Date: 2005–06
  27. By: Massimo FLORIO
    Abstract: Europe needs a huge investment effort for (broadly defined) infrastructure in the next decade. A combination of EU grants, loans by the EIB and the EBRD, and their leverage effect on private capital is going to mobilise a huge amount of savings. Planners should establish priorities and criteria. Microeconomic social accounting, i.e. cost-benefit analysis, despite its limitations, is needed as a support to investment planning and evaluation. The key message of modern CBA theory is that shadow prices are not proxies of perfect markets outcome, but are planning signals that solve a (policy–constrained) social planner’s problem. Planners must compute shadow prices, evaluators should use them for project appraisal, and the two functions should not be confused. In principle this distinction applies at each planning level, but a consensus decision-set should emerge from this process, using a bottom-up approach. In a multi-government setting there are, however, information asymmetries that need to be addressed, and we have to turn to incentive theory. The paper proposes to move away from the current low-powered incentive EU co-financing mechanism, essentially an investment cost part-reimbursement scheme, towards a more incentive-based system. Financial and economic analysis, ex ante and ex post, should be linked to an economic performance bonus for more socially deserving projects. Examples are given of such mechanisms. Planners, managers and evaluators should be given appropriate incentives to use CBA as a cooperative learning game
    Keywords: Cost-Benefit Analysis, Incentives, Infrastructure Planning, Evaluation
    JEL: R58 D61 H53
    Date: 2006–11
  28. By: Paul Makdissi (GREDI, Département d'économique, Université de Sherbrooke)
    Abstract: This paper analyzes the definition of economic efficiency. The standard definition used in economic literature is the Pareto Optimum which is based in the space of individual utilities. This paper proposes new definitions based on alternative spaces. The paper also introduces a dominance criterion for efficiency over a set of social evaluation spaces.
    Keywords: Efficiency, Social justice, Dominance.
    JEL: D63 H20
    Date: 2006
  29. By: Hassan Benchekroun; Seiichi Katayama; Ngo Van Long
    Abstract: We show that, in a model with substitutability between capital and resources, the path of sustainable development may be non-smooth, and may exhibit the overshooting property: starting from low levels of capital and resources, the economy may accumulate capital beyond its steady-state level, before converging to it in finite time. <P>Nous démontrons que, dans un modèle avec la substitution entre le capital et les ressources naturelles, le sentier du développement peut être non-monotone. Si l’on commence avec un niveau faible de capital et de ressources naturelles, le sentier optimal peut dépasse le niveau du capital de l’état stationnaire. La convergence s’effectue en temps fini.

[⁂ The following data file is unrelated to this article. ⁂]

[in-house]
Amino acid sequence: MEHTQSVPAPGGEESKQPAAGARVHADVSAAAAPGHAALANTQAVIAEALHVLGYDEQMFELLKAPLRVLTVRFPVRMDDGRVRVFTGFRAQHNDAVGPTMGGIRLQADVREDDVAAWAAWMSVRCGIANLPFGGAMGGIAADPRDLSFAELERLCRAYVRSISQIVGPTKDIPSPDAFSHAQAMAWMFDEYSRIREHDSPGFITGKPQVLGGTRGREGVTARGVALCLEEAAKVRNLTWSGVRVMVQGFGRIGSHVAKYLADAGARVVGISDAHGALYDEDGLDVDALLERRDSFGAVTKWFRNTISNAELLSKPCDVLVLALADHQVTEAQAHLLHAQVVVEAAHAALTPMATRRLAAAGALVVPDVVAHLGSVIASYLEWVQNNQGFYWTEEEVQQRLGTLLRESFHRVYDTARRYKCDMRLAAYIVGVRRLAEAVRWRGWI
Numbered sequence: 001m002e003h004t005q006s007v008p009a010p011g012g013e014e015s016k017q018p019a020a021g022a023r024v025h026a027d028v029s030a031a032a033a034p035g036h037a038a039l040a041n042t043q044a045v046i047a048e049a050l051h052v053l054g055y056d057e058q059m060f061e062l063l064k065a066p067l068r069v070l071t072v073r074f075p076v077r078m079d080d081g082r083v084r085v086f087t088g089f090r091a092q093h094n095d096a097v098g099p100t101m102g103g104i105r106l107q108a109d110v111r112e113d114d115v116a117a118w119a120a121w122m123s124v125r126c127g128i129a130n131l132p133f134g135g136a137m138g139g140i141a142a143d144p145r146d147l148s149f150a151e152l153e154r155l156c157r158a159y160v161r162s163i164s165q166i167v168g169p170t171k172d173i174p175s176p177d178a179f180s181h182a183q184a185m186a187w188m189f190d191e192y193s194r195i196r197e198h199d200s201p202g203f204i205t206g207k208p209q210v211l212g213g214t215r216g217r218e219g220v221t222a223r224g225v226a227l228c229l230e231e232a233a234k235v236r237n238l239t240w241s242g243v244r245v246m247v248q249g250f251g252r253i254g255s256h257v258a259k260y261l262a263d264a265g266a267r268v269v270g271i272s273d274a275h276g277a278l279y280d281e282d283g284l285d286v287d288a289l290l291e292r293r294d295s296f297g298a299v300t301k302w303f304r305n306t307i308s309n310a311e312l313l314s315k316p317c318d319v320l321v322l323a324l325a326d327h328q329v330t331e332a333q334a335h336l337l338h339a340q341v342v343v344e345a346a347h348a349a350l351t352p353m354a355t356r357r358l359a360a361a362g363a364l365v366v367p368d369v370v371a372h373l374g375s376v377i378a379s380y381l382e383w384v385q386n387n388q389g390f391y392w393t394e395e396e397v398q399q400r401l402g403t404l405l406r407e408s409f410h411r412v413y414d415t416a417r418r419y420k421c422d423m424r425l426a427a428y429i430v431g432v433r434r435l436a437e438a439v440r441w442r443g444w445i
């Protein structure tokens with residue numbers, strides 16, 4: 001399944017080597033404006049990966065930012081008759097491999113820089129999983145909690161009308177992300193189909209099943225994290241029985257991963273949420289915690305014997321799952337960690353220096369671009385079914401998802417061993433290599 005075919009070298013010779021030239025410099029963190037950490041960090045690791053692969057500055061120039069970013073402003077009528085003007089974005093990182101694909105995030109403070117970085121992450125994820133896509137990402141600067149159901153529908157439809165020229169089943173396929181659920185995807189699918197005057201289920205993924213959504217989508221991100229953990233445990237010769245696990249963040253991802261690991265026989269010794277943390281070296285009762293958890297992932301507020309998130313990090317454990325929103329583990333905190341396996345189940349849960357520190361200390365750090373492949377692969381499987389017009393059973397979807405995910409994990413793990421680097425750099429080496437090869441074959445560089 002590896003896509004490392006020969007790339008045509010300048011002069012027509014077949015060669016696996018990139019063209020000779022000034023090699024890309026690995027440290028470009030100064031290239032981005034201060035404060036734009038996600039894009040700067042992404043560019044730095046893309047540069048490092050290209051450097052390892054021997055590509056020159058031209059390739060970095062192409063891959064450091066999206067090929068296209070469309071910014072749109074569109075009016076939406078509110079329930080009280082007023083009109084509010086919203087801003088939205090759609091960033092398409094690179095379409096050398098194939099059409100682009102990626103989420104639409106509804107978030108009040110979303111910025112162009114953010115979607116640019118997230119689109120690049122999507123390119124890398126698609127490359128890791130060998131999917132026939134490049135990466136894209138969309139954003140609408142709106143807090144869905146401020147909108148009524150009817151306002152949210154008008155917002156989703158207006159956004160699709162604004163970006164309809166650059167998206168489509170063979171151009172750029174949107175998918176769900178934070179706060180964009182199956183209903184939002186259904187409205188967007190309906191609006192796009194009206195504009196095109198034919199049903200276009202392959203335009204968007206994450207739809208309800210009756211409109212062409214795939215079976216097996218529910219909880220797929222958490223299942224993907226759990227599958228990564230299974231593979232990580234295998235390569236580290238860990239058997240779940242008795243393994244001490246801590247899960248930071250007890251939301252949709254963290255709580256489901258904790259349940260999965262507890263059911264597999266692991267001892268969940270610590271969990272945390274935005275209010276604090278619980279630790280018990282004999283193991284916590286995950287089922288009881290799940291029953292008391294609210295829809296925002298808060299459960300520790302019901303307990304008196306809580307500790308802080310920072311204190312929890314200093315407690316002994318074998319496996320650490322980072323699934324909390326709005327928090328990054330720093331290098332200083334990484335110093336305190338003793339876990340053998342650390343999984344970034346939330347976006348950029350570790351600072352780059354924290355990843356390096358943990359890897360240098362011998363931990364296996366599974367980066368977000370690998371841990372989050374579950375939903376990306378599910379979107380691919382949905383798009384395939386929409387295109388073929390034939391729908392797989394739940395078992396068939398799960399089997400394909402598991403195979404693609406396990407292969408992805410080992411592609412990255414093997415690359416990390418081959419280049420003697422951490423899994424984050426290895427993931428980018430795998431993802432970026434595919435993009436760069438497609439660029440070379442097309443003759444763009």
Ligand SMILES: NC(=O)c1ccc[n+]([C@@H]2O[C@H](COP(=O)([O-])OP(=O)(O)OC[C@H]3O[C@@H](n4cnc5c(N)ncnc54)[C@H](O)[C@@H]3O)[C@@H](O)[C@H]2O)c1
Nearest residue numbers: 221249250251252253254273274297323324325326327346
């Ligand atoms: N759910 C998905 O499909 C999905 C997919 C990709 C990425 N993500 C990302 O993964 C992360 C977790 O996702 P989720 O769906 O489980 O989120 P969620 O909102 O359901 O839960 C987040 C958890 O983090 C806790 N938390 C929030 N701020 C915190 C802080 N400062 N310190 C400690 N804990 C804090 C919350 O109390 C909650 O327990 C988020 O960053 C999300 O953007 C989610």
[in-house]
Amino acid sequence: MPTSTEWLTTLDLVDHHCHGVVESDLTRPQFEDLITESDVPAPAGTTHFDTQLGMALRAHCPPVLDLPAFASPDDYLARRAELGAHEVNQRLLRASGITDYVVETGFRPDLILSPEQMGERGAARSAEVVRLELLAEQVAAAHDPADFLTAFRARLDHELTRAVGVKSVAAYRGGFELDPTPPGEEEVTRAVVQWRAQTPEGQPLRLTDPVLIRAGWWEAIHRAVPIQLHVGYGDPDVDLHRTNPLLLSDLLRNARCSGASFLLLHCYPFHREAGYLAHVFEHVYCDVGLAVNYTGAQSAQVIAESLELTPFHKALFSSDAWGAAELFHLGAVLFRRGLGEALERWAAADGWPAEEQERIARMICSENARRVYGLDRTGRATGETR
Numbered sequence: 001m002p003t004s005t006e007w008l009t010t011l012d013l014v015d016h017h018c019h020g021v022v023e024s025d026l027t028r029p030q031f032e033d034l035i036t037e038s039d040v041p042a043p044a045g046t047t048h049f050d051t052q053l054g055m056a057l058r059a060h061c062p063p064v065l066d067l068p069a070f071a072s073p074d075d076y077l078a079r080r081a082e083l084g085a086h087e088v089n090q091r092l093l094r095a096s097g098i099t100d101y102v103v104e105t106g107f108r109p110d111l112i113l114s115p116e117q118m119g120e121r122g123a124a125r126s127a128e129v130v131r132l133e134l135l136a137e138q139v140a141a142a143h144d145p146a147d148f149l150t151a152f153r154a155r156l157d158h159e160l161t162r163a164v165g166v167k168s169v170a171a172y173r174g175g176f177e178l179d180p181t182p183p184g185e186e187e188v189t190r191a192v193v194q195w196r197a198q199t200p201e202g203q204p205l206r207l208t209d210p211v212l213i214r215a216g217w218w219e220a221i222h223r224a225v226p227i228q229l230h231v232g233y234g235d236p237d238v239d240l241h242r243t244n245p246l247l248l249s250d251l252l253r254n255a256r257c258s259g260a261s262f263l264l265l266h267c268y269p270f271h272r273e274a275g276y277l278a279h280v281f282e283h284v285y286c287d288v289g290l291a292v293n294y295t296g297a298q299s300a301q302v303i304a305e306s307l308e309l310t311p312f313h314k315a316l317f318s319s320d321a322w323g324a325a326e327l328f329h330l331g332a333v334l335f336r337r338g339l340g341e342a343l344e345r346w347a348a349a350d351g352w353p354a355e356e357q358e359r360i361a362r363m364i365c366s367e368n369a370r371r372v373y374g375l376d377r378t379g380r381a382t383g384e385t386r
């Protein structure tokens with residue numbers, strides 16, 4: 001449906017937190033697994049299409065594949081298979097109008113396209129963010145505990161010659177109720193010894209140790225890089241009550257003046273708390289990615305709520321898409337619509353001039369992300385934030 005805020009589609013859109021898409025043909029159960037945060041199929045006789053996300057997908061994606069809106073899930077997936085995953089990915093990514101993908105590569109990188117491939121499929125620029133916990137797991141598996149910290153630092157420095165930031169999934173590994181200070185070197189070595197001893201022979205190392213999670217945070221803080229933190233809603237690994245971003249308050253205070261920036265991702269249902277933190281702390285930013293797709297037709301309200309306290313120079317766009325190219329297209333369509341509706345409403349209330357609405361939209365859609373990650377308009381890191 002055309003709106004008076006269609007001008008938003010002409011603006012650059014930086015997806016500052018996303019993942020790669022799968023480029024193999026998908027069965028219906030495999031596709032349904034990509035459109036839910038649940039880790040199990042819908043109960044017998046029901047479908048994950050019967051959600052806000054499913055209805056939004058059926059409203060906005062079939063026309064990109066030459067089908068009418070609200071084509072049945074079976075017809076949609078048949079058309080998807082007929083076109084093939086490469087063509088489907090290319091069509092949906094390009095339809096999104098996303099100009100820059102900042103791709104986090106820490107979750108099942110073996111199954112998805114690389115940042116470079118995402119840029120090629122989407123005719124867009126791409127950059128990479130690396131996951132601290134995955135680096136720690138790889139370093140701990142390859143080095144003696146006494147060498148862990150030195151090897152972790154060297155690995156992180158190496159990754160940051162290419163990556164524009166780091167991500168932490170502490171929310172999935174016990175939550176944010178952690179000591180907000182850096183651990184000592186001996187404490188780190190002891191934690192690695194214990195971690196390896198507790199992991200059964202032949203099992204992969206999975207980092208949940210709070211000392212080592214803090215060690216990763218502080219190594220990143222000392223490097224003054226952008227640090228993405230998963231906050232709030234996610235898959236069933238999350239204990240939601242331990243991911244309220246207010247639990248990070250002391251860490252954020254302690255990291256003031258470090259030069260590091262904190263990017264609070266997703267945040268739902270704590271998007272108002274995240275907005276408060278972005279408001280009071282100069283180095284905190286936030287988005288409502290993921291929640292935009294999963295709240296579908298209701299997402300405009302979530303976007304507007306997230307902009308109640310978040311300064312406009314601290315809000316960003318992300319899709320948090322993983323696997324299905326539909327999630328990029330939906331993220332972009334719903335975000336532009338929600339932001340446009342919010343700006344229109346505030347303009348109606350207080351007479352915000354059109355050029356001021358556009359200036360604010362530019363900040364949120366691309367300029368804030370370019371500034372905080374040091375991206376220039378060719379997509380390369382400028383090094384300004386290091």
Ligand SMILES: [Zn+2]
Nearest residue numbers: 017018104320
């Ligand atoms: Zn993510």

Keywords: sustainable development, renewable resources, développement soutenable, ressources naturelles renouvelables
    JEL: C73 H41 D60
    Date: 2006–11–01
  30. By: Oliveira, Márcia; Côrte-Real, Paulo
    Abstract: The role of Poverty Alleviation Programs (PAP) in …ghting poverty and ensuring the satisfaction of basic economic needs is well known. How- ever, informational asymmetries create the need for adequate instruments to prevent fraud. This paper provides a static model of adverse selection where the gov- ernment (principal) aims to minimize the costs of a PAP that ensures that all individuals have access to an exogenously de…ned minimum in- come level. Agents may di¤er in their income-generating ability and disutility of labor. Under the di¤erent informational environments, we study the ef- fectiveness of workfare (that involves unpaid and unproductive work in the public sector) as a screening device, based on the comparison with standard monitoring. We …nd that when disutility of labor is the only unobservable variable, a workfare policy is ine¢ cient because it crowds outprivate sector work and signi…cantly increases the costs of the program. Under this informa- tional context, monitoring may be the best instrument for preventing fraud. When income-generating ability is the only unobservable variable, choosing between workfare and monitoring depends not only on the cost function associated with the latter, but also on income distribution. The analysis of this case would suggest that a workfare policy might be inef- …cient in the context of undeveloped countries where income distribution exhibits strong inequalities, but appropriate in developed ones. These conclusions suggest that a mixed policy combining workfare and monitor- ing may be optimal when both income-generating ability and disutility of labor are unknown.
    Keywords: Poverty Alleviation Programs; fraud; monitoring; work- fare.
    JEL: H2 I3 D82
    Date: 2006